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Parameters for benchmarking to be diverse: In lieu of the diverse investment strategies and avenues for same category AIFs, performance benchmarks may be based on certain other parameters (besides those covered under the Consultation Paper). However, performance benchmarking must be based on objectively verifiable parameters like instrument of investment, tenure/vintage of the fund, focus sectors, etc.

 

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Benchmarking report: Benchmarking agencies are required to provide a benchmark report to the individual AIFs vis-à-vis the industry benchmark for AIFs. Benchmarking agencies must clearly provide the basis of benchmarking of individual AIFs as well as calculation of industry benchmark in the report.

 

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Terms of benchmarking: The performance data and benchmarks will be reported in both INR and USD terms, based on the denomination of currency(s) of the capital drawn down. Further, performance benchmarking for AIFs will be on a half yearly basis.

 

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Eligible benchmarking agencies: Any association of SEBI registered AIFs which in terms of membership in this asset class, represent at least 50% of the registered AIFs, may propose benchmarking agencies.

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Standardization of the PPM: SEBI acts as the cartographer for AIF prospectus map

PPM is the information memorandum for AIFs, that lays down detailed information of an AIF, which includes all material information such as, inter alia, background of investment manager, sponsor, key investment team, targeted investors, fees and expenses, tenure, conditions or limits on redemption, investment strategy, etc. However, the Consultation Paper states that “disclosing sufficient information does not mean that an abundance of information be presented to the investor in a manner that is complex, convoluted or difficult to comprehend.” Therefore, while AIF is meant for sophisticated, high ticket investors, not providing such investors with sufficient information debilitates their investment evaluation for AIFs.

Currently, considering that there is no prescribed standardised PPM template for AIFs, SEBI has observed wide-ranging variations in the manner of provision of information in PPMs, be it excessive usage of technical financial jargon that is difficult for investors to understand, or threadbare PPMs with scant information on important sections of the PPM.

In order to introduce minimum standard of information to be made available to investors and to expedite the process of registration for AIFs, SEBI has proposed to introduce a standard template PPM for Category I and Category II AIFs together, and a separate template PPM for Category III AIF (which may be accessed, here). The template PPMs focus on increasing disclosures and streamline presentation of necessary information in the PPM.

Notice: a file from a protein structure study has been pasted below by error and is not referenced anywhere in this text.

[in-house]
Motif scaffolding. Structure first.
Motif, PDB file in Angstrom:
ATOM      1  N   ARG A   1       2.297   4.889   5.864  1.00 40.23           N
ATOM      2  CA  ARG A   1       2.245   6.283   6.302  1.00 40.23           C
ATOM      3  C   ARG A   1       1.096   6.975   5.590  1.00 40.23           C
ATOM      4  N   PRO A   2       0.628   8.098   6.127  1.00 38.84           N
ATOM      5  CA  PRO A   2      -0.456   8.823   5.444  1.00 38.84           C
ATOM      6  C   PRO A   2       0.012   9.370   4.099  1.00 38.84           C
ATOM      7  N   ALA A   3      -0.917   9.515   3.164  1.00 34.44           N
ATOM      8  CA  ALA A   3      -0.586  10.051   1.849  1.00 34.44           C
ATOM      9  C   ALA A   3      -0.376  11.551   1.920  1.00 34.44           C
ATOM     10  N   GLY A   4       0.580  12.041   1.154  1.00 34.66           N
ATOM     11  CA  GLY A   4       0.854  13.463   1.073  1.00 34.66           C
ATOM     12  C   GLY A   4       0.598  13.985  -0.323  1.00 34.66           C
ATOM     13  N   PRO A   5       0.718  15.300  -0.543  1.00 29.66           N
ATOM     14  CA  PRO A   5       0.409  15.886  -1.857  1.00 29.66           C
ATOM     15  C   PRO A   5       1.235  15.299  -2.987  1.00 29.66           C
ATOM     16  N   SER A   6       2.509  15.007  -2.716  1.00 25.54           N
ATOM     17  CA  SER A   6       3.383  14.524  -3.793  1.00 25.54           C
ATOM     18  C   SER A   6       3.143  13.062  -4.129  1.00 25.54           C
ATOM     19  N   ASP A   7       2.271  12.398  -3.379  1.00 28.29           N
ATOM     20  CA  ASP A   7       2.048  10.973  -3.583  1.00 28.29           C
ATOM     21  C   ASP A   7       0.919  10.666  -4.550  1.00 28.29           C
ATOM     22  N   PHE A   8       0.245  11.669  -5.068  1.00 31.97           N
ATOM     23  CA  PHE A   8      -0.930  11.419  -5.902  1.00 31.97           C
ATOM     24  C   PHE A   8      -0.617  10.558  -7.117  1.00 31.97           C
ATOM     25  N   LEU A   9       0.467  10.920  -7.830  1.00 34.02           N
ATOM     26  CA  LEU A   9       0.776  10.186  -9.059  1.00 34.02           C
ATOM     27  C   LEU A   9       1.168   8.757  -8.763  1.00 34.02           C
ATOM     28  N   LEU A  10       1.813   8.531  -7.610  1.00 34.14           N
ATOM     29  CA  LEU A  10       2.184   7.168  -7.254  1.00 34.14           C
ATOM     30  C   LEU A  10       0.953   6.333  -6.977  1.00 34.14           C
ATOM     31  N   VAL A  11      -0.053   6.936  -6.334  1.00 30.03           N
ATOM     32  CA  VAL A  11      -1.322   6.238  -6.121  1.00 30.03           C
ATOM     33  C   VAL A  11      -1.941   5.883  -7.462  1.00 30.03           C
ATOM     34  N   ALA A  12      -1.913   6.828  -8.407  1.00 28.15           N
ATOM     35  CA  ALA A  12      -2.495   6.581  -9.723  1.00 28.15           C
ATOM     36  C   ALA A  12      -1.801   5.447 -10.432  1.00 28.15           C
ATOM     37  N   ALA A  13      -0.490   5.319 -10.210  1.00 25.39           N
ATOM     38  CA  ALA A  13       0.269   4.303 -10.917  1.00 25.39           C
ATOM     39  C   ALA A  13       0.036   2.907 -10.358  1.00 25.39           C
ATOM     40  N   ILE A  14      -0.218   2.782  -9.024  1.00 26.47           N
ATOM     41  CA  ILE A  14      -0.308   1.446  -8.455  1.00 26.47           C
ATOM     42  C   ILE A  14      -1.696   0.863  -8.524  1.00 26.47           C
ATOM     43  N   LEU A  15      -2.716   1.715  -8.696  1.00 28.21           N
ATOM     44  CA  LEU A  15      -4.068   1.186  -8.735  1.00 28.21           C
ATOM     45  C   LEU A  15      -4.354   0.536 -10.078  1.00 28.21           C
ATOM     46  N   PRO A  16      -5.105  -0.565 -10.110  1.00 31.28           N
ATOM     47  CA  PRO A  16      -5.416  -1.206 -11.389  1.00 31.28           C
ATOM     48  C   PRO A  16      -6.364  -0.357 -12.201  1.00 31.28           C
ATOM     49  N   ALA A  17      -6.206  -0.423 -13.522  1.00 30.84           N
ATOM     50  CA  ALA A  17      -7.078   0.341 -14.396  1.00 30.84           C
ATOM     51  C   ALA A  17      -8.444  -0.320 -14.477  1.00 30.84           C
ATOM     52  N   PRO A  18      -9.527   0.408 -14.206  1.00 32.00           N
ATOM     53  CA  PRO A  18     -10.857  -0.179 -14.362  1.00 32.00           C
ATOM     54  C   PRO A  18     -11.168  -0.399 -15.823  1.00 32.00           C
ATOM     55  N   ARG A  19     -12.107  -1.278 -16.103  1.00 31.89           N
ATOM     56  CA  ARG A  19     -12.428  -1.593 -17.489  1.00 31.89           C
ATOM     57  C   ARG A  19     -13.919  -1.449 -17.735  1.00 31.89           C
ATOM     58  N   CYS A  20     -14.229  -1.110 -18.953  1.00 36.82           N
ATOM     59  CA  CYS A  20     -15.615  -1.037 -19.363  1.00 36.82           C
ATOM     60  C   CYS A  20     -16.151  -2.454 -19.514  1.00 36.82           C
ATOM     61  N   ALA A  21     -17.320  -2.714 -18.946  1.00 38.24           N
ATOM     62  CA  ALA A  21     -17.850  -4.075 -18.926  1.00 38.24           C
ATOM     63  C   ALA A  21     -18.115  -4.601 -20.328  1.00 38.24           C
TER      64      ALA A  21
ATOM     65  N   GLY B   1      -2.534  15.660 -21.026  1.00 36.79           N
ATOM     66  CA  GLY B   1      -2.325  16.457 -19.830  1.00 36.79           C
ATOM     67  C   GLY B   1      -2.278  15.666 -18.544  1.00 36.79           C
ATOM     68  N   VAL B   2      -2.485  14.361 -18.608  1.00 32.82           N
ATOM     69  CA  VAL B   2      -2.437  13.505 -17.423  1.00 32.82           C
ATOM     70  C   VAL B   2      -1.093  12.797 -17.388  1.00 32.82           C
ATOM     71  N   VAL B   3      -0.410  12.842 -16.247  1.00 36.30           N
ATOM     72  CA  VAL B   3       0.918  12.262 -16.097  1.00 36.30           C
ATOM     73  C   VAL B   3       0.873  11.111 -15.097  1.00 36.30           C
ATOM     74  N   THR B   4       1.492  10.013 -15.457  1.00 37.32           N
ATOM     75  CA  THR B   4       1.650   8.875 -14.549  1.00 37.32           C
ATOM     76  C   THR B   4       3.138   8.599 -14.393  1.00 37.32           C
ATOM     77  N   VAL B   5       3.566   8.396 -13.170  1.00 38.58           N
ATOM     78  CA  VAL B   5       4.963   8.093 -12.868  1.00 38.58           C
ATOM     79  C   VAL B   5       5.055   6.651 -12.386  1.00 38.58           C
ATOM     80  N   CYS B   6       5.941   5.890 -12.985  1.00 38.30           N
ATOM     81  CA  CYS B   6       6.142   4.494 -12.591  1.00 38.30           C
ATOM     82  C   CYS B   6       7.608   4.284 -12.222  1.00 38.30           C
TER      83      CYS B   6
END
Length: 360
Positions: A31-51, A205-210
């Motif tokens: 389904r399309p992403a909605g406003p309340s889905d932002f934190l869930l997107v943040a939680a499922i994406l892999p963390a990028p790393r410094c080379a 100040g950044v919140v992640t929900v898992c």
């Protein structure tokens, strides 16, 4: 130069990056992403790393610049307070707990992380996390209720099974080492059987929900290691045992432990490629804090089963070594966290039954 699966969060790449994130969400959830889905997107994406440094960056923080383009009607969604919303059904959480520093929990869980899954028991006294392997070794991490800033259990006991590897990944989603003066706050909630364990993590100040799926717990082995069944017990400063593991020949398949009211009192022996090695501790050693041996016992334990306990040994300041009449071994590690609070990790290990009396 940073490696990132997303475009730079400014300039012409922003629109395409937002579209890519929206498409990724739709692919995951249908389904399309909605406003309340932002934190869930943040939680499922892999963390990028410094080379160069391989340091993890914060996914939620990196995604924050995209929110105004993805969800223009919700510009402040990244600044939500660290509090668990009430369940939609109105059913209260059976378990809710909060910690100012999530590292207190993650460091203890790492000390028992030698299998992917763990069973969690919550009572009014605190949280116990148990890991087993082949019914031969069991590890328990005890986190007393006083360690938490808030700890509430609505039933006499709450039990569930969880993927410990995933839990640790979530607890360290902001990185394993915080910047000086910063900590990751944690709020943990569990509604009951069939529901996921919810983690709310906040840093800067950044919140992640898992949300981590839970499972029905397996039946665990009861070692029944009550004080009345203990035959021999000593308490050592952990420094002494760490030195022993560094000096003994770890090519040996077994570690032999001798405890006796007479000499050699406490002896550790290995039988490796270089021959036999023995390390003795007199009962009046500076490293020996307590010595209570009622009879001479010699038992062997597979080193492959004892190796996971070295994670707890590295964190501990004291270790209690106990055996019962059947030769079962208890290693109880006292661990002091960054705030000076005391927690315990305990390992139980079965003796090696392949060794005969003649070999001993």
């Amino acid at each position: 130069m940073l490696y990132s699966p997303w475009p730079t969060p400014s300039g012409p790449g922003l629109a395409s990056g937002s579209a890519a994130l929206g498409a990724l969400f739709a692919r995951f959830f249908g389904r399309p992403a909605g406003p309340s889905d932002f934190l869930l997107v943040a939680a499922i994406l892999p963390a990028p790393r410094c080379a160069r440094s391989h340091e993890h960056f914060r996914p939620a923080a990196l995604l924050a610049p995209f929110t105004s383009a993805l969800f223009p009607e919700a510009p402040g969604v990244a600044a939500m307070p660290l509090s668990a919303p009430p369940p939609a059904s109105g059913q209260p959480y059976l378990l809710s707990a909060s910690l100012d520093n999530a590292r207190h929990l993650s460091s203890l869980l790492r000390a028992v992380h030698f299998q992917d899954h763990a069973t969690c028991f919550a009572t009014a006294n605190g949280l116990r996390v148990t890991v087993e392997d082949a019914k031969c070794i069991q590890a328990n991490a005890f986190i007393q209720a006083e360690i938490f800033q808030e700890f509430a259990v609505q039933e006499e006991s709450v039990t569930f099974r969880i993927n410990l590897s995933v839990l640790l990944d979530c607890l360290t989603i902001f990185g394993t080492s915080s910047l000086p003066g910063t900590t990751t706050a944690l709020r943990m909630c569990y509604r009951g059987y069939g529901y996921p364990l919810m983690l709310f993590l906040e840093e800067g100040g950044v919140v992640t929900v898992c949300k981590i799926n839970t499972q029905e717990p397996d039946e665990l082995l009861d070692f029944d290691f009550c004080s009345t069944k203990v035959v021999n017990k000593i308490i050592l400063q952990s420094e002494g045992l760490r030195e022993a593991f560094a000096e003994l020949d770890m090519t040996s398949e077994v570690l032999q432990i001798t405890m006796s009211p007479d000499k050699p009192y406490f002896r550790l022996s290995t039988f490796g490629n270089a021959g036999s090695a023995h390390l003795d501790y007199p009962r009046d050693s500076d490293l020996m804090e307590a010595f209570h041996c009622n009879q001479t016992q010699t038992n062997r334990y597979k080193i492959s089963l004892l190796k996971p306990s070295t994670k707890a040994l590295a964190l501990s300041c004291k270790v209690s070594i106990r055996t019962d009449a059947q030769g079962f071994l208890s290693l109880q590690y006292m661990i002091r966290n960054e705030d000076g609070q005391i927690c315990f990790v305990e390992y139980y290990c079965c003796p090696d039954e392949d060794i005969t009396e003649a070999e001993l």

Revisions in the auditing compliance requirements for AIFs: increased transparency ensured

The Consultation Paper also mandates that an audit of compliance of AIFs with the terms of PPM, with special emphasis on impact of side letters on other investors, is required to be carried out by an auditor, on an annual basis. The findings of the audit must be communicated to the trustee, board of the investment manager and SEBI. In case of any adverse findings, the corrective steps taken by the AIF and its constituent are also be submitted.

While presently, such audit may be carried out by an internal or external auditor, SEBI may, going ahead, notify that such AIF suit must be carried out only by an external auditor. Further, summary of audit findings with respect to compliance with terms of PPM shall be shared with all investors.

Conclusion

While the objectives of SEBI as laid down in the Consultation Paper are laudable and with a view to further strengthen the platform from long term growth and sustainability perspective, and to ensure increased transparency, responsible disclosure, and more informed and fortified investors, it would also mean that there is need for a change in the industry practices and mindset for the investment manager community at large. The proposals in the Consultation Paper marks the epoch of maturation of the AIF industry to a more regulated investment regime.

A three-way approach that may be considered by SEBI in this regard, should be to find the perfect balance between (a) not compromising on the flexibility of the AIF regime wherein lies its beauty and success, (b) establish best practices for the industry to build a solid growth platform for this asset class, and (c) not to get too prescriptive and respect the distinction between a product for retail investors vs. more sophisticated investors expected to participate in the alterative asset class. 

The Consultation Paper has invited public comments by 25 December 2019. We would encourage the industry to provide constructive feedback to the proposals in the Consultation Paper to ensure that a “win-win” environment can be created amongst all stakeholders, i.e. investment managers, investors and the regulator.

-       Siddharth Shah (Partner) and Ishita Khare (Associate)